Author Topic: West Angola  (Read 535 times)

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Offline West Angola

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West Angola
« on: June 28, 2016, 03:23:20 PM »
I. History
West Angola's birth was one of fire, yet oddly peaceful compared to what could have been. Portugal's tight hold on Angola was seen as an impediment to German territorial ambitions, and to help loosen it they sent two army officers, Eston Blyr and Peter Sien, into the colony under the guise of helping the colony expand its railroad network. Four years later, in 1894, the two had formed a network of dissatisfied garrison troops, corrupt administrators susceptible to bribes, and natives who yearned to be free of Lisbon, and on June 14 of that year they declared West Angola's independence.

Two armies, one commanded by Blyr in Luanda and the other by Sien in Namibe, drove the Portuguese out of the coastal cities and marched towards Benguela to secure the last remaining seaport. The bulk of the colonial garrison was inland at the time, and had been attempting to stop British encroachment from the east. Ordered home, they ran straight into an ambush from Bantu partisans in Malanje, preventing them from coming to Benguela's aid. After a six-month siege, the city fell and Portugal had no choice but to recognize the independence of its former colony.

Germany quickly recognized the new nation, and secretly sent orders to its officers that they were to take command of the nation until a German prince arrived. Instead, Sien and Blyr appointed themselves dual monarchs, and included in the new Constitution a provision that the leaders of West Angola would be elected by the people. The two would rule for life, but when they died the Germans would not be able to make a hereditary claim to the country.

As Kings, Sein and Blyr built a solid working relationship, at least on the surface, but beneath they were maneuvering. Despite his role as a German officer, Sien was a native Pole and distrusted the Prussian Blyr. One year after the twin kings were crowned, Blyr was felled by an assassin's bullet. The election process proceeded smoothly until the results were announced. In a tight race between Jan Hyrel and Michael Opec, Opec squeezed into office by a mere 26 votes. Hyrel immediately contested the outcome and demanded to be declared the winner. Opec refused, and Sein backed him while the Parliament chose to support Hyrel. It appeared war would return to West Angola...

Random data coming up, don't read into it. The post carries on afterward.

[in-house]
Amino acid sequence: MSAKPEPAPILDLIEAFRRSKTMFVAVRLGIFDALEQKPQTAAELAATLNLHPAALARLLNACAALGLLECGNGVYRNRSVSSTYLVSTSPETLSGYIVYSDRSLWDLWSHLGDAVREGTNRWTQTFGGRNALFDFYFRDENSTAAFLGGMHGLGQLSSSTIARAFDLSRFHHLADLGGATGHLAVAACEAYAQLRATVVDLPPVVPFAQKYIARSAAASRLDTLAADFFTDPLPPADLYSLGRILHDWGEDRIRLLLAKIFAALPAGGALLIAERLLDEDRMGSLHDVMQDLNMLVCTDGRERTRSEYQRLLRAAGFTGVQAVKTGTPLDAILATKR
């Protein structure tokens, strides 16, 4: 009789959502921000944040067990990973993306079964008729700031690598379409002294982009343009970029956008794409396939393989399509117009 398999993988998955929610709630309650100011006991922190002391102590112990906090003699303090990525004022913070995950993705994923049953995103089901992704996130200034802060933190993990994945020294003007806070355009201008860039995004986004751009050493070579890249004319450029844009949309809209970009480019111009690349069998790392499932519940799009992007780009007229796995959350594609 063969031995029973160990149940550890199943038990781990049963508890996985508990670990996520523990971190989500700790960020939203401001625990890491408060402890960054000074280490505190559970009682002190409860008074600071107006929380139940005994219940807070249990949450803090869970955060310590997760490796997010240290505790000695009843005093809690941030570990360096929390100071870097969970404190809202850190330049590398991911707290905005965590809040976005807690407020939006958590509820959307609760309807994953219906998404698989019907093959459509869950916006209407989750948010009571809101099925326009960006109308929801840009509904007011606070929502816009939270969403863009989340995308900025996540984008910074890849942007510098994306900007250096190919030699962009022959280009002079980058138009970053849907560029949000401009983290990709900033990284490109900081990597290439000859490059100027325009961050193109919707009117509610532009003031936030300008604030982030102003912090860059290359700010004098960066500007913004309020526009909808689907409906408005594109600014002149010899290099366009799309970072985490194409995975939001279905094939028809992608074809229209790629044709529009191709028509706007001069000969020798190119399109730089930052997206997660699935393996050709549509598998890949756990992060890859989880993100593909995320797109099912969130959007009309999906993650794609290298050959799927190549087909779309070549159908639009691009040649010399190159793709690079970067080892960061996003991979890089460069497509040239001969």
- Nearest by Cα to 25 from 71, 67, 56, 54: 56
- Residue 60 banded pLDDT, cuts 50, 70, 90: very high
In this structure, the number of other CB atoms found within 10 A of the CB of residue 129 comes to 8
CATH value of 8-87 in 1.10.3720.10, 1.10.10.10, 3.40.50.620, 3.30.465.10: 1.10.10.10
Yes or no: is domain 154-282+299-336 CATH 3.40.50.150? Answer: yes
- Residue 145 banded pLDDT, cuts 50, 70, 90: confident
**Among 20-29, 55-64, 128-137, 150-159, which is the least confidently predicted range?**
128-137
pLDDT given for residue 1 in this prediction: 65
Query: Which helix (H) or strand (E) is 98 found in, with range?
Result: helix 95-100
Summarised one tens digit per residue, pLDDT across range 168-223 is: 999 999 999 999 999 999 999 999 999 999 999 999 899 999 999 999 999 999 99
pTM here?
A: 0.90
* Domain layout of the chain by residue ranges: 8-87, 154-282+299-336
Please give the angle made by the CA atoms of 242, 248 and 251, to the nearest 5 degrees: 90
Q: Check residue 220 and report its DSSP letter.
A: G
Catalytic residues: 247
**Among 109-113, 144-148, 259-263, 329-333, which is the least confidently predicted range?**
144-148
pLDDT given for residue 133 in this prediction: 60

And war came. The city of Namibe was slagged as a withering artillery bombardment started fires among the poorer districts and drove Sein from the capital. Parliamentary troops secured the area, but were unable to make any headway into the rural districts outside the city on the coasts. The farmers in the area were fiercely loyal to Sein and Opec, and they resisted the Parliament for two months as Stillman rallied his troops to the north and prepared for a counter-offensive. The strike came fast and furious, driving the Parliamentary forces back south and retaking the northern area of Namibe. The war looked all but one for the Royalists when Hyrel authorized the use of a frightening and terrible weapon: gas. A new synthesis of Flourine, Nitrogen, and Chlorine yielded a gas that was exceptionally deadly and surprisingly cheap. The new weapon was deployed immediately, and the King's forces collapsed into a panicky retreat.

Sein was ordered killed, and was captured in Caritia a week later. He was hung in Namibe's main square directly in front of Parliament Hall, and Opec joined him a few days after that. Parliament immediately drafted a new Constitution, which dramatically curbed the power of the monarchy and eliminated the second monarch. Hyrel was crowned Jan I, but was effectively a puppet of the Parliament for the first few years of his reign.

Germany had not yet given up, however, and when the First World War broke out in 1914 soldiers from the south stormed across the border. Namibe fell within a week, and Jan retreated to Huambo with the surviving members of his government. For the next three years the West Angolan army doggedly held the Wehmracht out of the new capital, and as the German military situation became more strained in Europe the flow of supplies to their colony dried up. At last the nation was able to retake Namibe in 1917, and signed a treaty with the Germans in Brussels to guarantee the southern border. The King took the opportunity to rewrite the Constitution, restoring many of the powers of the monarchy, and the 3rd Constitution had stood through to today with only minor amendments.

Jan I was a hero, and died as such. His son, King August I, and grandson, Sien II, who were elected to succeed him were capable rulers as well. King Jan II was a different story. During his reign, multiple scandals involving the Gregon Corporation, Western Oil, and Congo Rubber eroded public trust in the government and crippled the nation's economy. Jan II finally died in 1957 after twenty-two years as King, leaving behind not only economic issues, but also deep racial divisions after an attempted Bantu secession movement brought a heavy-handed response from the military.